(photo credit: Courtesy IDC Herzliya)
Iran orchestrated two bombings in Buenos Aires in the mid-1990s, killing more than 100 people, primarily because it was furious over Argentina's cessation of nuclear cooperation with the Islamic Republic, a top Argentinean prosecutor said Tuesday, offering chilling confirmation of the ruthlessness with which Iran has pursued its quest for nuclear capability.
Dr. Alberto Nisman, the prosecutor who has secured Interpol backing for the arrests of several leaders in Teheran for ordering the July 1994 bombing of the AMIA Jewish community offices in Buenos Aires, also urged the international community to pressure Iran into giving up the wanted men for trial.
Nisman said the AMIA blast, in which 85 people were killed, and the bombing of the Israeli Embassy two years earlier, in which 29 people were killed, had been "ordered, planned and financed" by Iran's top leadership. Teheran, he said, was incensed that Argentina, under former president Carlos Menem, had suspended and ultimately stopped what had been close cooperation with the Iranian nuclear program, including the training of nuclear technicians and the transfer of nuclear technology. At first Teheran tried to cajole Argentina into reconsidering, he said. Then it issued threats. And finally, it employed terrorism.
Nisman, on a brief working visit to Israel, said he had received a telephoned death threat at his home and been warned off the case by Iran but would not desist.
Interviewed by The Jerusalem Post at the International Institute for Counter-Terrorism at the IDC Herzliya, Nisman noted that, after hearings last month, Interpol had upheld Argentina's request for the arrests of several Iranian leaders at the heart of the AMIA bombing. The Interpol warrants were first issued in March, but suspended because Iran, an Interpol member, claimed they were unfounded.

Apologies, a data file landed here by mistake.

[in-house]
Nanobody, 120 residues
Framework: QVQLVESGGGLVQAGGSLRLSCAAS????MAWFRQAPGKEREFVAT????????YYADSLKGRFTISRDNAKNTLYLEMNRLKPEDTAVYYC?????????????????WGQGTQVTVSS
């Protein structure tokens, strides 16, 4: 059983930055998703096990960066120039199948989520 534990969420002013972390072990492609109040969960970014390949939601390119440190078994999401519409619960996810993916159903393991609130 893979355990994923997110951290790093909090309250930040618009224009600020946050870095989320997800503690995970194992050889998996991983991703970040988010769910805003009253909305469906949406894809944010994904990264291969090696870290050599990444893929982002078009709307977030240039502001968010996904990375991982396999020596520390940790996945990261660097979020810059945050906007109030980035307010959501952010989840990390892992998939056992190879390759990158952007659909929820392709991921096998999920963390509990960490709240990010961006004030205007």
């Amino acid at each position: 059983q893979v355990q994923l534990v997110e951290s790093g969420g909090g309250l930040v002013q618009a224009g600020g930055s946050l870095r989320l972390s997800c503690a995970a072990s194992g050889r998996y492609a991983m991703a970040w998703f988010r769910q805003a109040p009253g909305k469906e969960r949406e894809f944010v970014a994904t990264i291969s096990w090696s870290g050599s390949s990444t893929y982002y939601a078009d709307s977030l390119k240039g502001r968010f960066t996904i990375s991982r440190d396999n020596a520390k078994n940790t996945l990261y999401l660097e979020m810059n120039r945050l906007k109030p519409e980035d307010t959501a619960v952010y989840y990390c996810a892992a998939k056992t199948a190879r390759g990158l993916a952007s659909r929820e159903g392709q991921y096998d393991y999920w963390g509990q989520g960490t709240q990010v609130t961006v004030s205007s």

Interpol's executive committee voted unanimously to uphold the arrests, he noted, "an unprecedented diplomatic defeat for Iran." And it now fell to the international community to pressure Iran into giving up the men.
While he acknowledged the current Iranian regime would "never" cooperate, he said the men might at some point think it safe to leave the country, and that other factors might yet see them handed over for trial, if only in a third country rather than Argentina. "If I didn't think it possible," he said, "I would have abandoned this."
Nisman was appointed three years ago to head the inquiry into the blast at AMIA (the Argentine Jewish Mutual Association) - the worst anti-Semitic attack outside Israel since the Holocaust and one that remains Argentina's worst-ever case of terrorism. He rapidly exposed the skewed investigation that had been mounted over the previous decade.
Numerous figures involved in the previous investigation, including the previous investigating judge, Juan Jose Galeano, are now themselves on trial or under investigation. Nisman told the Post he was collecting evidence against Menem over the cover-up in the case.
He said the AMIA bombing had been commissioned at a meeting held in Mashad in August 1993, attended by then-president Hashemi Rafsanjani, then-intelligence minister Ali Fallahian and other Iranian ministers and military leaders. The target was suggested by Mohsen Rabbani, who was based in Buenos Aires and had flown in for the meeting. It had been assigned to Hizbullah under its Lebanon-based "special operations" chief, Imad Mughniyah. It was carried out by a Lebanese man, Ibrahim Berro.
Critical to identifying Berro was that he was seen by an Argentinean woman whose young son ran into the road in front of his explosives-filled van as he was driving to the AMIA building, Nisman said. She screamed at the driver, who looked at her, Nisman said, and she was able to help draw up an identikit picture of him.
A full interview with Nisman will appear in a later edition of The Jerusalem Post.
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